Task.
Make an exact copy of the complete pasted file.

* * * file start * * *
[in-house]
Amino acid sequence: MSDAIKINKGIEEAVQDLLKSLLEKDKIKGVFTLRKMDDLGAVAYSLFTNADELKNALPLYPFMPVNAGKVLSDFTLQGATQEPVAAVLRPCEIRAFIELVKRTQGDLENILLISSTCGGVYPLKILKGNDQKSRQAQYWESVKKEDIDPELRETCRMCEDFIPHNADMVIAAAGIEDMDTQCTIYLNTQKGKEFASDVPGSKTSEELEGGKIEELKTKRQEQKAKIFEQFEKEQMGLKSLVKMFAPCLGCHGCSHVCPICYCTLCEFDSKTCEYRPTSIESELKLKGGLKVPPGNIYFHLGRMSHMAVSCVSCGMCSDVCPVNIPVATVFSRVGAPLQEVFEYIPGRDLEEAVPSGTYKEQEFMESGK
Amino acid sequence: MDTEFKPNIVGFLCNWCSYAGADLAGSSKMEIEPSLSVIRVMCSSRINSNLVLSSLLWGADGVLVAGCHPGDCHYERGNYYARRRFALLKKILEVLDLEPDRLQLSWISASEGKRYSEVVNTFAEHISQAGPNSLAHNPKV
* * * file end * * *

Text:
[in-house]
Amino acid sequence: MSDAIKINKGIEEAVQDLLKSLLEKDKIKGVFTLRKMDDLGAVAYSLFTNADELKNALPLYPFMPVNAGKVLSDFTLQGATQEPVAAVLRPCEIRAFIELVKRTQGDLENILLISSTCGGVYPLKILKGNDQKSRQAQYWESVKKEDIDPELRETCRMCEDFIPHNADMVIAAAGIEDMDTQCTIYLNTQKGKEFASDVPGSKTSEELEGGKIEELKTKRQEQKAKIFEQFEKEQMGLKSLVKMFAPCLGCHGCSHVCPICYCTLCEFDSKTCEYRPTSIESELKLKGGLKVPPGNIYFHLGRMSHMAVSCVSCGMCSDVCPVNIPVATVFSRVGAPLQEVFEYIPGRDLEEAVPSGTYKEQEFMESGK
Amino acid sequence: MDTEFKPNIVGFLCNWCSYAGADLAGSSKMEIEPSLSVIRVMCSSRINSNLVLSSLLWGADGVLVAGCHPGDCHYERGNYYARRRFALLKKILEVLDLEPDRLQLSWISASEGKRYSEVVNTFAEHISQAGPNSLAHNPKV